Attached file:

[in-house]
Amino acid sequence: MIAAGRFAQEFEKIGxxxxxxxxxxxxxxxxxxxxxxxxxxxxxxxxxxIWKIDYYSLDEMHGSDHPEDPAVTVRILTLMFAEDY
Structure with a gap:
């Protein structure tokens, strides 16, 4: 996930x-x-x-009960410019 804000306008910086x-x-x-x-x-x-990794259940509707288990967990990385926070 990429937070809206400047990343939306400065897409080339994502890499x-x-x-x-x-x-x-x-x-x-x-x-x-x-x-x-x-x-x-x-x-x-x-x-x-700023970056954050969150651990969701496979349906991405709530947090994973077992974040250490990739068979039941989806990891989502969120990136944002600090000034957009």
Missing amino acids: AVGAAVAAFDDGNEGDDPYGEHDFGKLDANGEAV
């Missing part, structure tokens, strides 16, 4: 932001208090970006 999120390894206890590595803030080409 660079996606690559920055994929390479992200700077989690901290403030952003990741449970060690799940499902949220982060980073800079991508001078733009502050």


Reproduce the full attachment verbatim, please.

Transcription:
[in-house]
Amino acid sequence: MIAAGRFAQEFEKIGxxxxxxxxxxxxxxxxxxxxxxxxxxxxxxxxxxIWKIDYYSLDEMHGSDHPEDPAVTVRILTLMFAEDY
Structure with a gap:
């Protein structure tokens, strides 16, 4: 996930x-x-x-009960410019 804000306008910086x-x-x-x-x-x-990794259940509707288990967990990385926070 990429937070809206400047990343939306400065897409080339994502890499x-x-x-x-x-x-x-x-x-x-x-x-x-x-x-x-x-x-x-x-x-x-x-x-x-700023970056954050969150651990969701496979349906991405709530947090994973077992974040250490990739068979039941989806990891989502969120990136944002600090000034957009």
Missing amino acids: AVGAAVAAFDDGNEGDDPYGEHDFGKLDANGEAV
């Missing part, structure tokens, strides 16, 4: 932001208090970006 999120390894206890590595803030080409 660079996606690559920055994929390479992200700077989690901290403030952003990741449970060690799940499902949220982060980073800079991508001078733009502050």